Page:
servo2.write (72);
  delay (200);
  servo1.write (70);
   delay (200);
  servo2.write (140);
  delay (200);
  servo1.write (130);
   delay (200);
  servo2.write (72);
  delay (200);
  servo1.write (70);
   delay (200);
  servo2.write (140);
  delay (200);
  servo1.write (130);
   delay (200);
  servo2.write (72);
  delay (200);
  servo1.write (70);
   delay (200);
  servo2.write (140);
  delay (3000);
  break;
    }
  }
(code tags added by moderator)




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* Picture 017.jpg (896.46 KB, 3264x2448 - viewed 21 times.)
« Last Edit: November 12, 2013, 12:56:12 pm by RodneyD » Logged

Austin, TX
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Are you using decoupling capacitors?
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Texas
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hello James

Are you using decoupling capacitors?

I'm still a newbie, the straight answer is no.  Besides the caps for the crystal, the crystal and the 10ohm resistor for reset, there is nothing else.
Could you tell me the why it's needed and how to calculate for it so I won't ask these newbie questions here again?

Thanks again for responding James
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Start with 0.1uF and 1uF ceramic capacitors from VCC to ground, as close to the ATmega328p.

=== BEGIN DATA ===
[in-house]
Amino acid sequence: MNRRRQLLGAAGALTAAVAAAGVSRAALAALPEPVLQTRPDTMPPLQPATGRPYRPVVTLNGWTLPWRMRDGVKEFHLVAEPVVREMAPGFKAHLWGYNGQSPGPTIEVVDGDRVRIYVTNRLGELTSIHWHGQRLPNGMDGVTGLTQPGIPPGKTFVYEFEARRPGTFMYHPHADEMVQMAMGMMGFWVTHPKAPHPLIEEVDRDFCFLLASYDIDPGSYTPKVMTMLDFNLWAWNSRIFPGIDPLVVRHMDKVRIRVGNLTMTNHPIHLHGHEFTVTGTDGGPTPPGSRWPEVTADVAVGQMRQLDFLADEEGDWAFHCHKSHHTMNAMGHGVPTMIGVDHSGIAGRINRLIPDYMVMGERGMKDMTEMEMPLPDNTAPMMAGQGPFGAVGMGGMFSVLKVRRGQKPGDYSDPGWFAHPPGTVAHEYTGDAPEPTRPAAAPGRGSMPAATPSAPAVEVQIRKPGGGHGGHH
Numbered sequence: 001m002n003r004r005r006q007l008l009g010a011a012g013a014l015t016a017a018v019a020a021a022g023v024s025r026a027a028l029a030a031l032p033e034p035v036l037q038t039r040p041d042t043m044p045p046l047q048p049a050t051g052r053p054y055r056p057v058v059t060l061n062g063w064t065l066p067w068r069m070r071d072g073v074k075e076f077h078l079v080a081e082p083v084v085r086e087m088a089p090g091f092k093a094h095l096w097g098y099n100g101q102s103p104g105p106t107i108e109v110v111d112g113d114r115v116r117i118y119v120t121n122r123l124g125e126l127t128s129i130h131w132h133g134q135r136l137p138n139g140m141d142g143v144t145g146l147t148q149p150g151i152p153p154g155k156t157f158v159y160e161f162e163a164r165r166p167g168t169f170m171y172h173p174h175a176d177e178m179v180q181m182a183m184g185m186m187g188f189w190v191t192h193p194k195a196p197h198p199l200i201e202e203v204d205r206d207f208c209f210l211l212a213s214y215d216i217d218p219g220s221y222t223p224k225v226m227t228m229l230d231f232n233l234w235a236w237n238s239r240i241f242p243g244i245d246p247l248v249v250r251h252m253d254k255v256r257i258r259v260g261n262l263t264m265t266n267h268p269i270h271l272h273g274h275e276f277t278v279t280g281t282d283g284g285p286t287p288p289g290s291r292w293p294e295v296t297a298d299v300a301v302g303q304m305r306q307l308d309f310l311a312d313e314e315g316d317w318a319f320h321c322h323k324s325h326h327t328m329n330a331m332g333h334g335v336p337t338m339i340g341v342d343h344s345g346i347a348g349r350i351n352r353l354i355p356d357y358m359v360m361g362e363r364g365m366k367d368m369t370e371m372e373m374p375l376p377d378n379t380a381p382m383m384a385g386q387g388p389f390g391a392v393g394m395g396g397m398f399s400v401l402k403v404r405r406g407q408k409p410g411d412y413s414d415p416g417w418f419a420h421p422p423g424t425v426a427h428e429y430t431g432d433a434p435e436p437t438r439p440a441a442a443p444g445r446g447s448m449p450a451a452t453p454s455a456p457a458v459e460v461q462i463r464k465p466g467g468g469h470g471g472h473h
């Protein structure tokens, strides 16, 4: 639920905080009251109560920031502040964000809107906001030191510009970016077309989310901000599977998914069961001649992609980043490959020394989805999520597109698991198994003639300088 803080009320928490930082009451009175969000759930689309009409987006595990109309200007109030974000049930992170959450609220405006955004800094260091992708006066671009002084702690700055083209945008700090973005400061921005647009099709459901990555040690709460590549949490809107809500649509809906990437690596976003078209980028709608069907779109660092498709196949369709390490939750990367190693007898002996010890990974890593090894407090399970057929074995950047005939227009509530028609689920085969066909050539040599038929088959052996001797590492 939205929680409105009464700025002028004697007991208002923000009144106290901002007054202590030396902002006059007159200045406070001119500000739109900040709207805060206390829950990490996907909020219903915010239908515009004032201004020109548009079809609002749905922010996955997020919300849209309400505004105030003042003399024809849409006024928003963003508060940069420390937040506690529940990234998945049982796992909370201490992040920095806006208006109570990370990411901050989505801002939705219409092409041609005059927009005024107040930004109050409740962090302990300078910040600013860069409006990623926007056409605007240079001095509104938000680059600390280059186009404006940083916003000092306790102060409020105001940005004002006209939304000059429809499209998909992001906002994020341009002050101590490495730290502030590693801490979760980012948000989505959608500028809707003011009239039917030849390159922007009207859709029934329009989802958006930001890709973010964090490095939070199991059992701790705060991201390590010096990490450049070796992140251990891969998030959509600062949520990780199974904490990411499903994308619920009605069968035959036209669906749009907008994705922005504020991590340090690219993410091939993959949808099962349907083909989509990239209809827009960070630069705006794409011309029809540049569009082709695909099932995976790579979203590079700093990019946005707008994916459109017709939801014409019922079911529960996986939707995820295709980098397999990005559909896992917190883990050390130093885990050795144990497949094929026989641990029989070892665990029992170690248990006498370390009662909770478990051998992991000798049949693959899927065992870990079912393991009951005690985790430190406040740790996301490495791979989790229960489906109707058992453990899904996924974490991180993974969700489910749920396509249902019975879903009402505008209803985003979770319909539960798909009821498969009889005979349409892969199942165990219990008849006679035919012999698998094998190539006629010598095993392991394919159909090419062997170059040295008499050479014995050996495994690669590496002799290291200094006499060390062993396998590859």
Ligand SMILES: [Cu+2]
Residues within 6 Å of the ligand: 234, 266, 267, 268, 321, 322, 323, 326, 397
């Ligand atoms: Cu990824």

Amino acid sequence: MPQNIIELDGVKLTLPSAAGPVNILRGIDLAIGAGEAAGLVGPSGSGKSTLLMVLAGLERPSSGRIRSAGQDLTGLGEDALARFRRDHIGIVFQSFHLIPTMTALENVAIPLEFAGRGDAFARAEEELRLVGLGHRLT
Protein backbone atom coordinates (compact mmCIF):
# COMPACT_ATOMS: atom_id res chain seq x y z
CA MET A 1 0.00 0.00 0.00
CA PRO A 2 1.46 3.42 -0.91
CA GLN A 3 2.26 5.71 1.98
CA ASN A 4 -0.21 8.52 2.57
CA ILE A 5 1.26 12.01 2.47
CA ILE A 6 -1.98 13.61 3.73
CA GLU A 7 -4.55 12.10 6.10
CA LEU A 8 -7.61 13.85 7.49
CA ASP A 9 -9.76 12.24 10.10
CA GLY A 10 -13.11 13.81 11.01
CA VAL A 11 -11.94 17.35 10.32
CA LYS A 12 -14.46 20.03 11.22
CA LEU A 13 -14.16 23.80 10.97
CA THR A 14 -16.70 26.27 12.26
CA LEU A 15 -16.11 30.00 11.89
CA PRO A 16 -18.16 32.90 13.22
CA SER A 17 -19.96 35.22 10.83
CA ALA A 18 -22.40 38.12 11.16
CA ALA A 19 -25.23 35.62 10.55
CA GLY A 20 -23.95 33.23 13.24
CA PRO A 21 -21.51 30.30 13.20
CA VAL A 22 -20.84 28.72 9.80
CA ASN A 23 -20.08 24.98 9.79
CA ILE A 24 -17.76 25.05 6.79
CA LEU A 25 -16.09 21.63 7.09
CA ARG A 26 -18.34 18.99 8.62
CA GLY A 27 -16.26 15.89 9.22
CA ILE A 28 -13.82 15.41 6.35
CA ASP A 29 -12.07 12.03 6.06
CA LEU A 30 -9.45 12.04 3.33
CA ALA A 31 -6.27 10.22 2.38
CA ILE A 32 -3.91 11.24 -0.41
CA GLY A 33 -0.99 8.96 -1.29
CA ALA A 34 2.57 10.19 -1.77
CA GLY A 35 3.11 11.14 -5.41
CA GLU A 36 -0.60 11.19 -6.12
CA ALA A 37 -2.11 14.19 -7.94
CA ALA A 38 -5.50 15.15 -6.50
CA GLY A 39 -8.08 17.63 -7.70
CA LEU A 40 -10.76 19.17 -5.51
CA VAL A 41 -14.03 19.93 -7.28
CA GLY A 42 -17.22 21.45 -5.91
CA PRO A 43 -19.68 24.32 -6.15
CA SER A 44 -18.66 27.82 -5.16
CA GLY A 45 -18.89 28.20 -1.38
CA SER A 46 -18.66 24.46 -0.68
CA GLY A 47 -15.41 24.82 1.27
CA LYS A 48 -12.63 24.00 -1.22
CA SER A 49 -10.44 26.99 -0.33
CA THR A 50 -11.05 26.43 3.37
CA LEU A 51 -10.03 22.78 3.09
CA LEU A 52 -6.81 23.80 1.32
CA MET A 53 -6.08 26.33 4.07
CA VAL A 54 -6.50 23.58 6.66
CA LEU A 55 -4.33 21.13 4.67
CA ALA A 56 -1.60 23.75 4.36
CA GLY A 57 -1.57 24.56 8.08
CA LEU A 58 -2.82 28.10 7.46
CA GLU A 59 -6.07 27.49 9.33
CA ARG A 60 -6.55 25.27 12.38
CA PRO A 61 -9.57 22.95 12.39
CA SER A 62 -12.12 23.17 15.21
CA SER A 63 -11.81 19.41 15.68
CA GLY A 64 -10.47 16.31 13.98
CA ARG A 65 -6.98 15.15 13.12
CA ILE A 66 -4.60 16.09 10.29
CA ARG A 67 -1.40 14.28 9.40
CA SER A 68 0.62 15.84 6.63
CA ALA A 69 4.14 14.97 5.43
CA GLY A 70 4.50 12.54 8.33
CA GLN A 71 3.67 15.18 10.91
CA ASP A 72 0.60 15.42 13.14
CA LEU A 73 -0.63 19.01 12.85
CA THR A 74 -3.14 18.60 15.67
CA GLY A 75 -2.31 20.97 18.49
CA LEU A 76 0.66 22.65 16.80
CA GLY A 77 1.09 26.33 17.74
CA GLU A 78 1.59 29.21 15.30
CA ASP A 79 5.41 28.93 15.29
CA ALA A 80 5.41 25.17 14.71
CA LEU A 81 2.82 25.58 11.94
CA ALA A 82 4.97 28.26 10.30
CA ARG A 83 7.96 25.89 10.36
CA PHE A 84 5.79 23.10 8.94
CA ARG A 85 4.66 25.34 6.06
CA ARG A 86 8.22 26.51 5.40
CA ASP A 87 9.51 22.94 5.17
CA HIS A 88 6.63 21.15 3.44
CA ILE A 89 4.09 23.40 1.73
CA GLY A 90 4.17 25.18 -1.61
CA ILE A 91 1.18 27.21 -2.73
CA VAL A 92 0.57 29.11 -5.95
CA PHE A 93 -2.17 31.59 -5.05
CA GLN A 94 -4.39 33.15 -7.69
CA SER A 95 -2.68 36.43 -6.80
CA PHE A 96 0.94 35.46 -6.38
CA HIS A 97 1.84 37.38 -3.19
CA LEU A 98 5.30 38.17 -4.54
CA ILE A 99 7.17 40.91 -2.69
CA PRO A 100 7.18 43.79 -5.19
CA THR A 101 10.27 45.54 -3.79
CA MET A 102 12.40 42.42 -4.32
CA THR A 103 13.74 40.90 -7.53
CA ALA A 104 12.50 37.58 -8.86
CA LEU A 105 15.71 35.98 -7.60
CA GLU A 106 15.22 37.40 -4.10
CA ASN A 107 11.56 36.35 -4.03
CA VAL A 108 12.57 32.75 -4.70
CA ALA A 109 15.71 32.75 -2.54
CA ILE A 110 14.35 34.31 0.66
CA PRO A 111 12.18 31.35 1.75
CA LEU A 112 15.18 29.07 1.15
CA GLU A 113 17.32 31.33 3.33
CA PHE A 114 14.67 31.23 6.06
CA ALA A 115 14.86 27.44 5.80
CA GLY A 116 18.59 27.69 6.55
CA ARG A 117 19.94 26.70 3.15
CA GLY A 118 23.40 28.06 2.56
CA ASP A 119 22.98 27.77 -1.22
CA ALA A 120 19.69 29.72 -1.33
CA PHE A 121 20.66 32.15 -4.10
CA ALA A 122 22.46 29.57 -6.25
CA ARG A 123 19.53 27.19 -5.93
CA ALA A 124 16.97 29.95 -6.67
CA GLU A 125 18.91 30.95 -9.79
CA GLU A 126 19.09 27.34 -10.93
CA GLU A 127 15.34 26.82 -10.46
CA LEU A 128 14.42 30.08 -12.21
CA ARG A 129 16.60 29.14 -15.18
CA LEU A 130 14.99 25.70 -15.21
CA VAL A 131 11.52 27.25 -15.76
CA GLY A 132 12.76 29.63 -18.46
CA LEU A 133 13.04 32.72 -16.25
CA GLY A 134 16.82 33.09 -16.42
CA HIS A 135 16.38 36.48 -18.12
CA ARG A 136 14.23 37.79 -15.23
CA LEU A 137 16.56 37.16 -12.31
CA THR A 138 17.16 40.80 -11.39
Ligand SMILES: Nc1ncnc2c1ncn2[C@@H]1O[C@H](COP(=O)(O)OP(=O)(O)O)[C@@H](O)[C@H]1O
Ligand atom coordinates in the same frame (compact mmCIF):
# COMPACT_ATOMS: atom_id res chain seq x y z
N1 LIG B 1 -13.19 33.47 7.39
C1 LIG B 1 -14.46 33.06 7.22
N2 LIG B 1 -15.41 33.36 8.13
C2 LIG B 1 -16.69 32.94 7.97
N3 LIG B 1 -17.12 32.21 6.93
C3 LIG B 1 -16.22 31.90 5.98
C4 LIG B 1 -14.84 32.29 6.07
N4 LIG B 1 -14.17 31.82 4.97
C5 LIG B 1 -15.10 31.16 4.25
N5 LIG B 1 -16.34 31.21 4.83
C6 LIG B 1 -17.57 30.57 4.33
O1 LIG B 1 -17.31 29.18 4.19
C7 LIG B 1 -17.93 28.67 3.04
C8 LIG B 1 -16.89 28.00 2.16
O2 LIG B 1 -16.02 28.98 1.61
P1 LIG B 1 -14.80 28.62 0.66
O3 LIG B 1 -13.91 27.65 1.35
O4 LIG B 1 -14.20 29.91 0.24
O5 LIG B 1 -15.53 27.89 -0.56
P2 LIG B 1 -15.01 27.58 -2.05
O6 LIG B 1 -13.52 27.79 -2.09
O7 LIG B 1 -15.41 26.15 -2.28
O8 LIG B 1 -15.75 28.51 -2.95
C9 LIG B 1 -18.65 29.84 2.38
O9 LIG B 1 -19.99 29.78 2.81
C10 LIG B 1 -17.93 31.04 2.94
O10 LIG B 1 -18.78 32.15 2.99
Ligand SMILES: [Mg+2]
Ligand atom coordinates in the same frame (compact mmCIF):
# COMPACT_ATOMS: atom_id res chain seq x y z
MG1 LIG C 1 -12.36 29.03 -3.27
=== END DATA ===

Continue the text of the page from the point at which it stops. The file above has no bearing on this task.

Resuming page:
Decoupling caps help to "decouple" the chip from the power supply so that when there are fluctuations, the chip's supply voltage stays clean, preventing random issues.

This is Grumpy_Mike's tutorial on decoupling:  http://www.thebox.myzen.co.uk/Tutorial/De-coupling.html
« Last Edit: November 12, 2013, 01:59:25 pm by James C4S » Logged

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How are the servos powered?   If from the same 5V as the Arduino board then there's the problem. (And of course the lack of decoupling will always have meant flaky behaviour)
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Texas
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James Thanks for the link

I know for someone much smarter than me that info makes perfect since, but if I get the point right, the Cap. reduces spike noises to the IC from other devices on the circuit. Although theres no perfect reduction of noise, there is a sweet spot with the right value Cap. and begining with a low value Cap. you work up till it works correctly.
Is that about right?

I did solder a .01 pf to the +5 and gnd leads going directly into the IC with minimal change. Since the circuit is soldered down I figure I need to un-solder the .01pf and try holding the Caps to the incoming IC leads till I find the right one.

I did notice after I soldered the .01pf Cap. on, with only one servo plugged in the circuit worked fine.
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there is a sweet spot with the right value Cap
Yes and some people devote their entire careers to figuring out to calculate those values.  Generally values like 0.1uF and 1.0uF together covers a large range of the issues.